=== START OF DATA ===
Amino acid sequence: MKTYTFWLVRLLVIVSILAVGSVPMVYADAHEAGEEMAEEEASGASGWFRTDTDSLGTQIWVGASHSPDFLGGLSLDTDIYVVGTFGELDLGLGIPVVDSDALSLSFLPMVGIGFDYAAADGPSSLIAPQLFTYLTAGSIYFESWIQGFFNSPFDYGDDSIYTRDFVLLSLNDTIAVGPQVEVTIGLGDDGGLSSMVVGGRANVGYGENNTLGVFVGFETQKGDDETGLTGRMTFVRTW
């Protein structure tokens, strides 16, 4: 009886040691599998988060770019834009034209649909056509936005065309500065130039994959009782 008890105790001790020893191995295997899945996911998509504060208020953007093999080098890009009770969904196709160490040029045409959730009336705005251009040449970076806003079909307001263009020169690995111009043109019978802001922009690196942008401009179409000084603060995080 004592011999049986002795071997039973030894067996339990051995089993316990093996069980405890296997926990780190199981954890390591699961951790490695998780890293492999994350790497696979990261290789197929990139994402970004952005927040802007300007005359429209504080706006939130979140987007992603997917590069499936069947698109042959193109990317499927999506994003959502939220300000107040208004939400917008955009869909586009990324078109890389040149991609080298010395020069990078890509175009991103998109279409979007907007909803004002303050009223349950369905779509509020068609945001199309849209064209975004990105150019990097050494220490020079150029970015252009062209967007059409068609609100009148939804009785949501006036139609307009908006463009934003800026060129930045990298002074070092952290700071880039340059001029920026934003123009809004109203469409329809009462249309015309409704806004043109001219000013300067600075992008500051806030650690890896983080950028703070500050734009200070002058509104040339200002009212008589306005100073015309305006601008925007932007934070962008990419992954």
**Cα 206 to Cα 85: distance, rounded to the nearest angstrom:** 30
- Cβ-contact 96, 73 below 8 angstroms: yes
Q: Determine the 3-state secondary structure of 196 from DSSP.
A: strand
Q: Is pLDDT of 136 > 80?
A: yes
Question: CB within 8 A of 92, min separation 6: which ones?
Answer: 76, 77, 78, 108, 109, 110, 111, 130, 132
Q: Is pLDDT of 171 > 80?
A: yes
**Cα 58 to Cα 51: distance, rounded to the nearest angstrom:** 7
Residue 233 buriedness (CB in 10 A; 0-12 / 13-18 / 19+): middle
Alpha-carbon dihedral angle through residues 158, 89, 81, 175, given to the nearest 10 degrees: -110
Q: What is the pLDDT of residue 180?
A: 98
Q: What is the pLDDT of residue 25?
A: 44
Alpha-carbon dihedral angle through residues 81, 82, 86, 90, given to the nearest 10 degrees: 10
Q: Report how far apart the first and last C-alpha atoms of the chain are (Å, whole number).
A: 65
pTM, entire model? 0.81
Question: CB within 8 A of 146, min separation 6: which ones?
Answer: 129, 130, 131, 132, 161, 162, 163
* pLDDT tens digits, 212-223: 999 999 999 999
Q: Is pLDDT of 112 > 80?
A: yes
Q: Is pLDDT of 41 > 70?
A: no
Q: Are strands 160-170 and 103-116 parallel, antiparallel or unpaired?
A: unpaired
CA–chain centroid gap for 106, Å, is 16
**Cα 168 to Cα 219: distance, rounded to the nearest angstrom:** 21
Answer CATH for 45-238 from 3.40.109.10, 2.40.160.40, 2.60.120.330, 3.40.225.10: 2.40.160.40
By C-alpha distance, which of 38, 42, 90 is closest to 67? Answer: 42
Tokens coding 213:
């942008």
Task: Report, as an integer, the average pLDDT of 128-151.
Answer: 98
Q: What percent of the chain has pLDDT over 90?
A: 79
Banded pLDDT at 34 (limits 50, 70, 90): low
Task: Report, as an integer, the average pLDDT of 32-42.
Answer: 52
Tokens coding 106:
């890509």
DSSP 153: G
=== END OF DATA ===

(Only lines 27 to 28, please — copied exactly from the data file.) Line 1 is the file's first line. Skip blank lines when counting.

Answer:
Q: Is pLDDT of 112 > 80?
A: yes